In early August, the Australian Law Reform Commission recommended, in its massive privacy report, that the current exemption from the Privacy Act enjoyed by our political parties should be removed.
Special Minister of State John Faulkner said the Government would think about it, next year, after it considers higher priority recommendations from the Commission. The ALP, in its submission to the ALRC, opposed any changes to the current exemption.
The reason? “The exemption for registered political parties under the Privacy Act is essential to the conduct of election campaigns and facilitates the effective communication of the policies, ideas and visions which underpin our democratic processes.”
Yep, you read that correctly — “visions”. Stop laughing.
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The exemption allows political parties to maintain highly-detailed databases about voters. The ALP’s database is called Electrac and the Liberal version is called Feedback. Peter van Onselen and Wayne Errington have written extensively about them (for example, here). These databases are based on electoral enrolment information, provided to the parties electronically by the Australian Electoral Commission or state electoral commissions.
Remember that electoral enrolment, under our marvellous system of coercive democracy, is mandatory, so there’s no legal way out of this for anyone wanting to protect their privacy. The enrolment information is supplemented by telephone number data and any other publicly-available information about voters like birth and death notices. Ever written a letter to the paper? Made a submission to an inquiry? Posted something on the internet under your own name? It’ll be there.
And every time you come in contact with an MP, whether by approaching their office for assistance, or if they come and doorknock you, further information is added.
In NSW and Queensland, MPs generally have access only to the database for their own electorates; party head offices have access to the whole lot. It’s an excellent tool both for handling the flow of constituent inquiries that come through MPs’ offices, and for targeting limited resources during election campaigns.
And because of the political exemption in the Privacy Act, there are no restrictions on the usage or handling of all that information. Kudos to former Senator Natasha Stott-Despoja for being a lone voice in arguing that the exemption should be dumped whenever the issue came up before Senate inquiries.
Don’t forget that the Howard Government also exempted political parties from the requirements of the Do Not Call Register Act in 2006, meaning they can use their databases to call voters, and from the requirements of the Spam Act 2003, meaning they can clutter your in-box with even more improbable claims than those of penile enhancers and Nigerian scammers.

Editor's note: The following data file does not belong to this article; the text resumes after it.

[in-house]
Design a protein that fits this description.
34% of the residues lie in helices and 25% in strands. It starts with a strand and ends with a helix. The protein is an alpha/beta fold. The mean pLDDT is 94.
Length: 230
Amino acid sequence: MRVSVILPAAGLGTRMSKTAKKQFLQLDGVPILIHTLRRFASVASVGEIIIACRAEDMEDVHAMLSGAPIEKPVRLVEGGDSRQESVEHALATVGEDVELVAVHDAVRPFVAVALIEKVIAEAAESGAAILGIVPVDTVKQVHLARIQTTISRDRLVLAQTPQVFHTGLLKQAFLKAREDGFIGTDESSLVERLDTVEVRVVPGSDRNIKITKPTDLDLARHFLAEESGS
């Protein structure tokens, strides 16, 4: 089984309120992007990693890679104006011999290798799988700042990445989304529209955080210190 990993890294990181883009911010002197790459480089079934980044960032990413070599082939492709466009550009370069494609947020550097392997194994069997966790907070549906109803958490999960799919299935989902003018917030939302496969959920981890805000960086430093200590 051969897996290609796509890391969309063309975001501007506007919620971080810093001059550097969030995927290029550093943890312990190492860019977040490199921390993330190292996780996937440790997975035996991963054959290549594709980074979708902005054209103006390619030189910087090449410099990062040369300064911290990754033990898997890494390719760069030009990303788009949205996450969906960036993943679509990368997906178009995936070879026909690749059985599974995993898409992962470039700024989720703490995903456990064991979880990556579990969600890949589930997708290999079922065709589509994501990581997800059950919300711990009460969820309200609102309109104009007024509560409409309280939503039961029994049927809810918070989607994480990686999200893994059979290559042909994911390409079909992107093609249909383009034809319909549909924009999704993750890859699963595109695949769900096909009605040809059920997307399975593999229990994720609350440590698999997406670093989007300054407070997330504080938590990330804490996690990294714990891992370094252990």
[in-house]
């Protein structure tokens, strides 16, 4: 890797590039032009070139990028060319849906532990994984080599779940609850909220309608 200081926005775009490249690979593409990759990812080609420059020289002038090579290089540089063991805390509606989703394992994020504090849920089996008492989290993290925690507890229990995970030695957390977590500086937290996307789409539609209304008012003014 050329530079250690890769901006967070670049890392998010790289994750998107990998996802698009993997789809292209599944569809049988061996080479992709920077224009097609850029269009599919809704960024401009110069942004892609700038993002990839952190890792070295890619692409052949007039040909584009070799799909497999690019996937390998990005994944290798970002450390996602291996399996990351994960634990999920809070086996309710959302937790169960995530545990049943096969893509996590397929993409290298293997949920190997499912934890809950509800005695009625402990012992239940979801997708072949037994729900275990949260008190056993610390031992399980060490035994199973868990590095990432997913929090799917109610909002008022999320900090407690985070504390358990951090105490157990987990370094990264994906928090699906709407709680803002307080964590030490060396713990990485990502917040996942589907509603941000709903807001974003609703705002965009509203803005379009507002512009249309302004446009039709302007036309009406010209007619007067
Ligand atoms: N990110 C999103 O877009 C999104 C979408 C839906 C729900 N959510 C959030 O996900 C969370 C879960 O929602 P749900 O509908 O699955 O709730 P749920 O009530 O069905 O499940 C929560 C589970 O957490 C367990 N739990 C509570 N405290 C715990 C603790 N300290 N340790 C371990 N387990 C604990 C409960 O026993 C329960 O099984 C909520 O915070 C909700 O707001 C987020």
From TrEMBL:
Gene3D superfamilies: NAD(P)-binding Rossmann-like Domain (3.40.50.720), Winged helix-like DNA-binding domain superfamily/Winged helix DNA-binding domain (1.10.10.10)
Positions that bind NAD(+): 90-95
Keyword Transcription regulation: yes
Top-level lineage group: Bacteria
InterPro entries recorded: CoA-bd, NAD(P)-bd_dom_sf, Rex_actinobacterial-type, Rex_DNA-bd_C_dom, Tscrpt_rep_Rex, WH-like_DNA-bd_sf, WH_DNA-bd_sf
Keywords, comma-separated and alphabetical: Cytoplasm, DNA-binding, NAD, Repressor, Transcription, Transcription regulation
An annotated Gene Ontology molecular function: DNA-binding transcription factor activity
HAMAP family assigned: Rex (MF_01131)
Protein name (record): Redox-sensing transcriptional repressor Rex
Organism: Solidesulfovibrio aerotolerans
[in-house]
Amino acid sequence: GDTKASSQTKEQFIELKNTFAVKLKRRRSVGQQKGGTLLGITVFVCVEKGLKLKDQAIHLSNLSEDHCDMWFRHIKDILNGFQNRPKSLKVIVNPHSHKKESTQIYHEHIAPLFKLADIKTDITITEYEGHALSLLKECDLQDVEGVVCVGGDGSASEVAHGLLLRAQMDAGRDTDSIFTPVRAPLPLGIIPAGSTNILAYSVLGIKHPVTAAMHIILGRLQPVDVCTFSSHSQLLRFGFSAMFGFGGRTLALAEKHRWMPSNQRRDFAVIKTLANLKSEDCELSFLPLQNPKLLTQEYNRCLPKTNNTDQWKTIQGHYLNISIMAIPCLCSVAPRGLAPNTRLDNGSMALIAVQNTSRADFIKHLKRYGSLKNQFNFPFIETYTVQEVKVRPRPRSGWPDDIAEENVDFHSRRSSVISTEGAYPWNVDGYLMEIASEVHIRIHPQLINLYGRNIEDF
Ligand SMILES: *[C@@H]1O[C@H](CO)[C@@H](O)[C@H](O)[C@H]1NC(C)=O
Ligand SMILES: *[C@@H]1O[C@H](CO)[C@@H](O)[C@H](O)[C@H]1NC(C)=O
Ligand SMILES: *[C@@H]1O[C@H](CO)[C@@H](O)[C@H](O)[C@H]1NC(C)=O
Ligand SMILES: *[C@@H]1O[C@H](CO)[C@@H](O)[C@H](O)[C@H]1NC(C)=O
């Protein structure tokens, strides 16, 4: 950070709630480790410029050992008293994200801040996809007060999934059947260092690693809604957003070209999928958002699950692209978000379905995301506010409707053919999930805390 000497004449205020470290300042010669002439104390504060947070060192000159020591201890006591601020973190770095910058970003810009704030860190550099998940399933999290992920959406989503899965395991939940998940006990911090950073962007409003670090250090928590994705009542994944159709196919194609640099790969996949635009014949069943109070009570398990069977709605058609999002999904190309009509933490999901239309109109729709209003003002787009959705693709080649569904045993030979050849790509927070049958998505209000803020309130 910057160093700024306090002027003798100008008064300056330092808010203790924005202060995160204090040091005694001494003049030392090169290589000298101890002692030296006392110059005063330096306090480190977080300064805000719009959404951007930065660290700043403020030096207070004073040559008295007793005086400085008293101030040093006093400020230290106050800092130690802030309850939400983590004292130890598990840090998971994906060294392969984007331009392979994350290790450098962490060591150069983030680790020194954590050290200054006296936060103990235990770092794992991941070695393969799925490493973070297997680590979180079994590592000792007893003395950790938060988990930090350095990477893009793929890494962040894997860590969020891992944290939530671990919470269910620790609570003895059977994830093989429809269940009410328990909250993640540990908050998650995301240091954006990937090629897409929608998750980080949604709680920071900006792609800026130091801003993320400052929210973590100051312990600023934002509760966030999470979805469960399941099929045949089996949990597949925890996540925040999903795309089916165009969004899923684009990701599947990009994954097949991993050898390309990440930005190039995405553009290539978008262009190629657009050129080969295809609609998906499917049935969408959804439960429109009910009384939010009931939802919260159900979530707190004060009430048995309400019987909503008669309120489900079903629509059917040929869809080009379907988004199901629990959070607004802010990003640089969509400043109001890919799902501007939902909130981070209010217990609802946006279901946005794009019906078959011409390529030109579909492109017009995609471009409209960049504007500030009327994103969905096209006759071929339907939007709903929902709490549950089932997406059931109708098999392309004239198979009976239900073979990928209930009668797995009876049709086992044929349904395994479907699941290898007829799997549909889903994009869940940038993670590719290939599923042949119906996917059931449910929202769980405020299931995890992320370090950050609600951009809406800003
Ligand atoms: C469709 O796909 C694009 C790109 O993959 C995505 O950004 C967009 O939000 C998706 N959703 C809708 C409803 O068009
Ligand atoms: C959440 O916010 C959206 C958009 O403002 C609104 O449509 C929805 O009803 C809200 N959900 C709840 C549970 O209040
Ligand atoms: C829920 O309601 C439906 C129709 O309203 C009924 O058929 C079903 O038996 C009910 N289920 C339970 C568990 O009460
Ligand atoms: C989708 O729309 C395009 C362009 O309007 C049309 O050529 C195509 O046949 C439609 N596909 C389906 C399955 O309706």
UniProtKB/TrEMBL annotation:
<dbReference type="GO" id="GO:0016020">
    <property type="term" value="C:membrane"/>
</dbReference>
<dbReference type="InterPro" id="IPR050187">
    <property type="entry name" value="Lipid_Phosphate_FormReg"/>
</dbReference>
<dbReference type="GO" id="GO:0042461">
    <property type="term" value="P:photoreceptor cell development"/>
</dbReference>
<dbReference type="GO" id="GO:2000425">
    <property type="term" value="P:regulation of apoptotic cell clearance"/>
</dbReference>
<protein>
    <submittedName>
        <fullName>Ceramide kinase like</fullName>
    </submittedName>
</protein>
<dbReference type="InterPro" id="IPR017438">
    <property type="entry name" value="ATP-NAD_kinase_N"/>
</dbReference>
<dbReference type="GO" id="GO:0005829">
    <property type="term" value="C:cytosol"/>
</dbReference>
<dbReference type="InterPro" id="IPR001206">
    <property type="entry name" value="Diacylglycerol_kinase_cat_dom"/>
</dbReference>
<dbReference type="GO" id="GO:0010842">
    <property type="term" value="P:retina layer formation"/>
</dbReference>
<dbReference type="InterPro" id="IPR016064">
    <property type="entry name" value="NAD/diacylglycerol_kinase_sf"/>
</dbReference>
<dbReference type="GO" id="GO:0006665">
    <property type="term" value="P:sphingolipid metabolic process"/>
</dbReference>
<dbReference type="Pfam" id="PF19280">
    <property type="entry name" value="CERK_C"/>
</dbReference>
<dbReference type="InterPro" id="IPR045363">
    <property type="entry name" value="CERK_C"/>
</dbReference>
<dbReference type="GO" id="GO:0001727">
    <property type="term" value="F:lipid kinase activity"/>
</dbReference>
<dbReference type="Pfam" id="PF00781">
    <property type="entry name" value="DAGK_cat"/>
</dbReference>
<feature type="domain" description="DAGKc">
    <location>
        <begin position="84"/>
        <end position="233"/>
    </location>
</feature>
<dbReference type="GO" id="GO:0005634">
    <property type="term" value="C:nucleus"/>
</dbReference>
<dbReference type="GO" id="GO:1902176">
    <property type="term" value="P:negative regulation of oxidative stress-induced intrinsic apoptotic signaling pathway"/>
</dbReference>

As I noted (Crikey, Monday 11 August, “Right to privacy sends media into a spin“) back when the ALRC released its report, Australia’s big media sector is at one with the ALP on retaining the exemption. The “Right To Know” Coalition — in this case, presumably, the right to know about you — argued that its freedom to report on politics might be constrained by removal of the exemption.
The sanctimony of the ALP in claiming it has the interests of democracy at heart when it argues for its continued right to compile and use vast amounts of data about voters isn’t unexpected. Nor is the deliberate confusion of the legitimate task of serving constituent needs with that of spamming and calling them during election campaigns.
But electorate office staff, who have used Electrac, provide an additional perspective. One staffer tells of how the database was used to weed out “vexatious” constituents, who would not be provided with assistance if the MP decided that they weren’t worth helping or were too much trouble or they simply didn’t like them.
Milton Orkopoulos’s electorate office staffer Gillian Sneddon recalls that, when Orkopoulos was first promoted to the NSW Labor Ministry, his wife began receiving calls from a man claiming he had had an affair with Orkopoulos. Kathy Orkopoulos asked Sneddon to try to track down the man using Electrac by entering the phone number from which the calls originated.
And we are told by an electorate office worker in Queensland that Electrac was used by a female Minister to find out whether a man in whom she was romantically interested was married, by checking who else resided with him. It was also used to keep track of a former staff member with whom she had fallen out.
That’s the problem with the political exemption. Putting aside the systemic breach of privacy that a database like Electrac entails, it relies on the goodwill and maturity of MPs and their staff to ensure that such a database isn’t abused. Most MPs, one suspects, can be relied on not to. But some — particularly at the State level — cannot.